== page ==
As with any historical period that becomes suddenly popular with readers, a lot of mediocre novels set during the Tudor period have been published. I think that's why readers get really tired of a particular historical period - if one were to read only the really outstanding Tudor-era novels (which are also to one's personal taste), I don't think one would get tired of the Tudors. I thought I was pretty tired of them, myself, until Hilary Mantel came along with Wolf Hall
and now Bring Up the Bodies
. She made them fresh and new again for me. I also really enjoyed Margaret Irwin's trilogy about Elizabeth I (before she became queen), starting with Young Bess
That said, I particularly enjoy a well-written novel set in a time period that is new to me. I've just posted David Maclaine's reviews of Harry Sidebottom's "Warrior of Rome" series (see series review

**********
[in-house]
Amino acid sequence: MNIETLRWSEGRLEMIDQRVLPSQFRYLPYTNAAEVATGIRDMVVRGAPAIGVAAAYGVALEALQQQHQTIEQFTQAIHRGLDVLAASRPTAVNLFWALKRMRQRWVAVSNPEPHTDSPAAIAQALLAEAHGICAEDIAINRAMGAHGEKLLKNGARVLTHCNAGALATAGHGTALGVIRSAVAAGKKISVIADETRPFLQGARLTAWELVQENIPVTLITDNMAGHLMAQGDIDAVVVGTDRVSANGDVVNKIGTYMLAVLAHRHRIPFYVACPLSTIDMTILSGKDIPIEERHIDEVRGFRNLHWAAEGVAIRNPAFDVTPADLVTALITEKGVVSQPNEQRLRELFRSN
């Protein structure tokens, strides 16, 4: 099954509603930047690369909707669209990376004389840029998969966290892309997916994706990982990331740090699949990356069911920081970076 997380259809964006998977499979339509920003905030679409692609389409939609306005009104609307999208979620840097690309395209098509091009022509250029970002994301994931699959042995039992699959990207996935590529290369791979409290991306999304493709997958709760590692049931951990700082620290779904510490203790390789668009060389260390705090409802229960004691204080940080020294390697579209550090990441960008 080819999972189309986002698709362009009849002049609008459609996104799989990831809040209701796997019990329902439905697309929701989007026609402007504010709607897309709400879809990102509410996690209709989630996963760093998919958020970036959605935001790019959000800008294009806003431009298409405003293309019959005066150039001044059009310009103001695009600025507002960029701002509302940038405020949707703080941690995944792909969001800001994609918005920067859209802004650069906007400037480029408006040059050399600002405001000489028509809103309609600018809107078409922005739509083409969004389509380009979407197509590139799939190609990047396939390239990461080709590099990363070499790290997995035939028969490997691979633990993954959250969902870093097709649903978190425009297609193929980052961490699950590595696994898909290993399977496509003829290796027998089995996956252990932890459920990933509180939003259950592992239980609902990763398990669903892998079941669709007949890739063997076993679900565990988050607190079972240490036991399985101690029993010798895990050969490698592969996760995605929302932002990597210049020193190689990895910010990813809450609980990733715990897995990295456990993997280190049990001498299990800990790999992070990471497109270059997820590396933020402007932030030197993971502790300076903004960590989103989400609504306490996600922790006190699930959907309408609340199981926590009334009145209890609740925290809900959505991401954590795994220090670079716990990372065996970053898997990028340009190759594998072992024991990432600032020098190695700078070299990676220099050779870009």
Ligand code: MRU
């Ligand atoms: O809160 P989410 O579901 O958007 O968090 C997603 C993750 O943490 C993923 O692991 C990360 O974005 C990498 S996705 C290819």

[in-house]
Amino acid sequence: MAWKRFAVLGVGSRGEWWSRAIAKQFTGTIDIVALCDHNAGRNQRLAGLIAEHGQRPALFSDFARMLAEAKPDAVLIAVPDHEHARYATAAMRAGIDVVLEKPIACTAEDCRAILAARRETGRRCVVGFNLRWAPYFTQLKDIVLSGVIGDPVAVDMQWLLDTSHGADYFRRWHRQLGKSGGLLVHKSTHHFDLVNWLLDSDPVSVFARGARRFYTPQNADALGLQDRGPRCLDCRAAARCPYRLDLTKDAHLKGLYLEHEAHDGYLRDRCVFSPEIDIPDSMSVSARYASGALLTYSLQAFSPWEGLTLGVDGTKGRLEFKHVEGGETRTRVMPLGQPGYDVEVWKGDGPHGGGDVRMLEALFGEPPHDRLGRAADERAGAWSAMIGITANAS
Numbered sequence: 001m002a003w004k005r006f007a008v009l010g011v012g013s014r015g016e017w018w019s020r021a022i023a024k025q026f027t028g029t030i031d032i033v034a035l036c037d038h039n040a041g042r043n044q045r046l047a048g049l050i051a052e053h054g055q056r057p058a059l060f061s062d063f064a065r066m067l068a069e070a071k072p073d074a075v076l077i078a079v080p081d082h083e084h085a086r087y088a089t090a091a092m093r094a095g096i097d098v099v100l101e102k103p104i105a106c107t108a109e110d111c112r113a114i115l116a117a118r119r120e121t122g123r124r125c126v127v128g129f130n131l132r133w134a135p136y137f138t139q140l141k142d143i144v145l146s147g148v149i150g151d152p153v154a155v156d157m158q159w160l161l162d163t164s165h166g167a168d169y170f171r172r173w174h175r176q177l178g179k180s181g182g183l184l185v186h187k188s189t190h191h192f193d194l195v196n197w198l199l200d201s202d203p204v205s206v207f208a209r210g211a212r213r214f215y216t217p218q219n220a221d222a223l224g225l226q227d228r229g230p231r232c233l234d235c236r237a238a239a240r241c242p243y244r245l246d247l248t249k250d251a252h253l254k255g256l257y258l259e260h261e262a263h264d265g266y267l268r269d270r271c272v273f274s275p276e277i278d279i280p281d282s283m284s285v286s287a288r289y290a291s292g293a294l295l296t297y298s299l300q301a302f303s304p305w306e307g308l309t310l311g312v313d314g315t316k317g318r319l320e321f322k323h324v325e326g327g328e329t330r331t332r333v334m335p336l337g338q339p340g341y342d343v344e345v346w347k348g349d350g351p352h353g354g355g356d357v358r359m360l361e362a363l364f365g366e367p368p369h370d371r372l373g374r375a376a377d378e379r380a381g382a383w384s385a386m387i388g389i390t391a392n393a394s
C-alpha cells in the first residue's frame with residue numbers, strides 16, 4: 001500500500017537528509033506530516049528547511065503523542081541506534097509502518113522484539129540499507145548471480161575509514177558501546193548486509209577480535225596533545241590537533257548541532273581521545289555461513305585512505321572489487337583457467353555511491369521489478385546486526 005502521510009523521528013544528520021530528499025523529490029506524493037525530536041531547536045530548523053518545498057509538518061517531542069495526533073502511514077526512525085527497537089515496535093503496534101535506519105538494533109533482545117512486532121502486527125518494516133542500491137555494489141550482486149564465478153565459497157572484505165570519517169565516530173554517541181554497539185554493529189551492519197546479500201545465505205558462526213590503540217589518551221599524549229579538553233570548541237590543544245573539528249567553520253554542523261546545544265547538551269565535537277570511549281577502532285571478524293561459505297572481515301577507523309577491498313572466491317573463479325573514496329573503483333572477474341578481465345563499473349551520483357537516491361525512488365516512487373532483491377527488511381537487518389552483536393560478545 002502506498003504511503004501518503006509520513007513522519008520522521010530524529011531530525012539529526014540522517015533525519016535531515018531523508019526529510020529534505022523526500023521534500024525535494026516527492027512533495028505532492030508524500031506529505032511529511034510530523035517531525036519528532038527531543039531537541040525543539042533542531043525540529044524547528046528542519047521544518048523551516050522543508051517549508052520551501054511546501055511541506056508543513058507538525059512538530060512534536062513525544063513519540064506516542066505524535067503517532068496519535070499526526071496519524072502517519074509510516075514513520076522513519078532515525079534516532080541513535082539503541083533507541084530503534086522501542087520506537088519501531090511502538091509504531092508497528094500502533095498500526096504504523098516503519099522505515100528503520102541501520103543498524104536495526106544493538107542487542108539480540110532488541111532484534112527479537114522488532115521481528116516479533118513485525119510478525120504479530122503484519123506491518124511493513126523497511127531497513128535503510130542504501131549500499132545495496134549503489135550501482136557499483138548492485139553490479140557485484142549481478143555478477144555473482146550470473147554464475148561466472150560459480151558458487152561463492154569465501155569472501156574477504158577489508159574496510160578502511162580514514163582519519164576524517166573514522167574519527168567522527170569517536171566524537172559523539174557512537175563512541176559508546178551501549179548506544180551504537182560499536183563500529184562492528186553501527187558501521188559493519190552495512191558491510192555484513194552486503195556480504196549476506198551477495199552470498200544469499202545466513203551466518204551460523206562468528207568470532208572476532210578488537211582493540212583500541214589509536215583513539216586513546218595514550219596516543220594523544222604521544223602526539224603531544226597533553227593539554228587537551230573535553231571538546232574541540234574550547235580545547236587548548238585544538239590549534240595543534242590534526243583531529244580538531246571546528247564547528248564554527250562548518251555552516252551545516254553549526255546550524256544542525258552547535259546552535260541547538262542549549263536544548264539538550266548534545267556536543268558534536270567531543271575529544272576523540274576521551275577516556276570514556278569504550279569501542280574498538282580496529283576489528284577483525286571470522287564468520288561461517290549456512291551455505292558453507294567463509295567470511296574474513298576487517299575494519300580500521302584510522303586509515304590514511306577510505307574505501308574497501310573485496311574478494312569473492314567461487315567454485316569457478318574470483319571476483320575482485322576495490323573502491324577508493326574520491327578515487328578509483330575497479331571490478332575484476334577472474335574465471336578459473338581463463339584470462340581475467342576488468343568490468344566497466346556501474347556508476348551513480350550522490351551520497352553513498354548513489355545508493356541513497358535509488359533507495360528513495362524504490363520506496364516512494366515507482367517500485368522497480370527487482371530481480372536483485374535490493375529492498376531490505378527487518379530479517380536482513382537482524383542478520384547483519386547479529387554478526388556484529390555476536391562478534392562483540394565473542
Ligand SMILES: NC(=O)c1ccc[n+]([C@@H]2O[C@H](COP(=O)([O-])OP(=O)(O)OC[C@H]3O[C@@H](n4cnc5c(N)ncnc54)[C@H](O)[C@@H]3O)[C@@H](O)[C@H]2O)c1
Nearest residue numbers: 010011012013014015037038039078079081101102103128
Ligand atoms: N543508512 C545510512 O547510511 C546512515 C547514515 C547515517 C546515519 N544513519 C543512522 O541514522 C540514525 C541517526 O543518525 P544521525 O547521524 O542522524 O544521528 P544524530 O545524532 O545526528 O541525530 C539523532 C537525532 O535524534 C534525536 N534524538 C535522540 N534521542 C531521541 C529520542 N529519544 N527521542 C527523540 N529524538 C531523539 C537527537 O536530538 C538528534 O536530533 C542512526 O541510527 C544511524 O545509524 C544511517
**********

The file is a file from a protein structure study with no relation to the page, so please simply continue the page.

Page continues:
, which has links to the individual reviews), set during the third-century crisis period of the Roman Empire, which to my knowledge has not been the setting for any other novels. It takes a daring novelist to tackle some of these settings, because publishers generally want "marquee" names that are familiar to readers - Cleopatra, Caesar, Napoleon, Mata Hari - and those familiar historical figures are naturally absent from the unfamiliar settings. Sidebottom has been successful because of his excellent research (he's a classics scholar who also publishes nonfiction) and the you-are-there battle scenes in his novels, which are breathlessly suspenseful. One can't entirely blame publishers for wanting to focus on publishing the novels that will sell best, but it's always nice to see a novelist succeed who writes well about the less trampled settings of history, because we get to read his/her novels!